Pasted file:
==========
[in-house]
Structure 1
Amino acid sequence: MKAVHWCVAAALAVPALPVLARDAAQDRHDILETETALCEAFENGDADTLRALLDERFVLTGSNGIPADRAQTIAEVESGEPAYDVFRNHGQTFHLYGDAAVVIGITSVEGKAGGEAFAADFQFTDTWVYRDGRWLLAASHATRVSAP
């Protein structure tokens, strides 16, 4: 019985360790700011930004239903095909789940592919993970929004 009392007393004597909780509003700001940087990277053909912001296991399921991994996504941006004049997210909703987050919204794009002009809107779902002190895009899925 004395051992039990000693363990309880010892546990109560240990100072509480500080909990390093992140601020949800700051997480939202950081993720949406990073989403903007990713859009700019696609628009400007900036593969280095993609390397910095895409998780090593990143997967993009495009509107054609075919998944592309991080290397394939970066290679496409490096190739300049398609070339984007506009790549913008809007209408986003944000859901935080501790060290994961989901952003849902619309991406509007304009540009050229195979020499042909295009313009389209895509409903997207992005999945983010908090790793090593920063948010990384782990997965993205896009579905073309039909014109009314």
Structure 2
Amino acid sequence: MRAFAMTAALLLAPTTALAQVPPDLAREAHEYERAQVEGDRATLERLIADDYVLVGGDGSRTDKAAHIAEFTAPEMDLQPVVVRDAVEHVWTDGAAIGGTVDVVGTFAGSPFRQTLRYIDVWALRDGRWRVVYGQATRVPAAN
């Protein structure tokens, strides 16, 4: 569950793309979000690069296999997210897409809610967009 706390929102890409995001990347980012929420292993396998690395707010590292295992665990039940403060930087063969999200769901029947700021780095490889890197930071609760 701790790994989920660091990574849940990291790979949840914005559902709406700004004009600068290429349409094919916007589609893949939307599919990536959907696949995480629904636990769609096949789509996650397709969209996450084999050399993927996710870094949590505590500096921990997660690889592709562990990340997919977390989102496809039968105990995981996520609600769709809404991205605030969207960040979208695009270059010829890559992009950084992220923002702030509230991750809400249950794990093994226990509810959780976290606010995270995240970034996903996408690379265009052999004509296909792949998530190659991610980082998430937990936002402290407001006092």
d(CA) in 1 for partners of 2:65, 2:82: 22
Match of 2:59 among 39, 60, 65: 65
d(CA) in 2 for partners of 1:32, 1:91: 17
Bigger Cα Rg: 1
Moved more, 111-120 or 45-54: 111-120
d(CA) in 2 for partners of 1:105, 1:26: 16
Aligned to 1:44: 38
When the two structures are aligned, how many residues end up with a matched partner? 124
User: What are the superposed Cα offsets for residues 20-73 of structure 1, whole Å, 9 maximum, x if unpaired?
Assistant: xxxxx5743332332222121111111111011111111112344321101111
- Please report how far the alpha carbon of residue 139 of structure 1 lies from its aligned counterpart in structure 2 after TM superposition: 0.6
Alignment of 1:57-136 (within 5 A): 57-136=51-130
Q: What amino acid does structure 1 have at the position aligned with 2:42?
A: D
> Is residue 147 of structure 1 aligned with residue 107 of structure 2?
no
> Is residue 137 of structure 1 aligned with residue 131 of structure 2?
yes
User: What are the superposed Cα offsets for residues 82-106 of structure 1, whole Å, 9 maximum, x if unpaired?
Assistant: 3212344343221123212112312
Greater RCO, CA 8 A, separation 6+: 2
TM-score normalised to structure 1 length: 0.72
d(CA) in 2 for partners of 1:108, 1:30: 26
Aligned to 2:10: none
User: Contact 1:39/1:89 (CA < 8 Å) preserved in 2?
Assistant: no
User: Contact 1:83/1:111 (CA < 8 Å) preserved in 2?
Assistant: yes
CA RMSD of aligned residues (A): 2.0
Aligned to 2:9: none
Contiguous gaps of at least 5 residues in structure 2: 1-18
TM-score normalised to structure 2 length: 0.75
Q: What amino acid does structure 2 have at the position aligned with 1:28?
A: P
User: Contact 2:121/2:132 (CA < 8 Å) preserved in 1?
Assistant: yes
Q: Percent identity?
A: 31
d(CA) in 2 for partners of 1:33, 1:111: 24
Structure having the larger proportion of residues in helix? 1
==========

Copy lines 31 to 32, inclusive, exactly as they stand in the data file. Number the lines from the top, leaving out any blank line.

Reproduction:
Aligned to 2:10: none
User: Contact 1:39/1:89 (CA < 8 Å) preserved in 2?